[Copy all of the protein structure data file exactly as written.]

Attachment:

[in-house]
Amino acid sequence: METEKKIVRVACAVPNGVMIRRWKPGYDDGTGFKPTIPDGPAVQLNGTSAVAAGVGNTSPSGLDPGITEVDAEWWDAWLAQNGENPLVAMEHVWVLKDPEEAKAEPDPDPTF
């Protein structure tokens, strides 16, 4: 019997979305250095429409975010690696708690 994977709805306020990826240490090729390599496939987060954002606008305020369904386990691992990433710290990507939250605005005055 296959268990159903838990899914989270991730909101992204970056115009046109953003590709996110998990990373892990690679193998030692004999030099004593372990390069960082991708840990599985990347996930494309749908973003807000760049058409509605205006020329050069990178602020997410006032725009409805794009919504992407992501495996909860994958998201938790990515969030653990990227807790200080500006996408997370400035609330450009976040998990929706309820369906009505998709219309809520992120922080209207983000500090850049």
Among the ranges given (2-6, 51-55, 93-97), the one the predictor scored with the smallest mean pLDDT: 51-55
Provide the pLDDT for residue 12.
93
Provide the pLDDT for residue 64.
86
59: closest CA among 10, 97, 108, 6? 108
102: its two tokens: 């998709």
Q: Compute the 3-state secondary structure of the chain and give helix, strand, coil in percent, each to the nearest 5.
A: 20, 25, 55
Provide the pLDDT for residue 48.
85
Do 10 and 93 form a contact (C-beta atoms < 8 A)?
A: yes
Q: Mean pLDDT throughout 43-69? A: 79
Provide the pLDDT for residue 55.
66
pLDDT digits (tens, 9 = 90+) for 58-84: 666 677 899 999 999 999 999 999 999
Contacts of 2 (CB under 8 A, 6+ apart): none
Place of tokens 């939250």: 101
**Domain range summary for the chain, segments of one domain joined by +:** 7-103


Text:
[in-house]
Amino acid sequence: METEKKIVRVACAVPNGVMIRRWKPGYDDGTGFKPTIPDGPAVQLNGTSAVAAGVGNTSPSGLDPGITEVDAEWWDAWLAQNGENPLVAMEHVWVLKDPEEAKAEPDPDPTF
């Protein structure tokens, strides 16, 4: 019997979305250095429409975010690696708690 994977709805306020990826240490090729390599496939987060954002606008305020369904386990691992990433710290990507939250605005005055 296959268990159903838990899914989270991730909101992204970056115009046109953003590709996110998990990373892990690679193998030692004999030099004593372990390069960082991708840990599985990347996930494309749908973003807000760049058409509605205006020329050069990178602020997410006032725009409805794009919504992407992501495996909860994958998201938790990515969030653990990227807790200080500006996408997370400035609330450009976040998990929706309820369906009505998709219309809520992120922080209207983000500090850049």
Among the ranges given (2-6, 51-55, 93-97), the one the predictor scored with the smallest mean pLDDT: 51-55
Provide the pLDDT for residue 12.
93
Provide the pLDDT for residue 64.
86
59: closest CA among 10, 97, 108, 6? 108
102: its two tokens: 């998709």
Q: Compute the 3-state secondary structure of the chain and give helix, strand, coil in percent, each to the nearest 5.
A: 20, 25, 55
Provide the pLDDT for residue 48.
85
Do 10 and 93 form a contact (C-beta atoms < 8 A)?
A: yes
Q: Mean pLDDT throughout 43-69? A: 79
Provide the pLDDT for residue 55.
66
pLDDT digits (tens, 9 = 90+) for 58-84: 666 677 899 999 999 999 999 999 999
Contacts of 2 (CB under 8 A, 6+ apart): none
Place of tokens 């939250």: 101
**Domain range summary for the chain, segments of one domain joined by +:** 7-103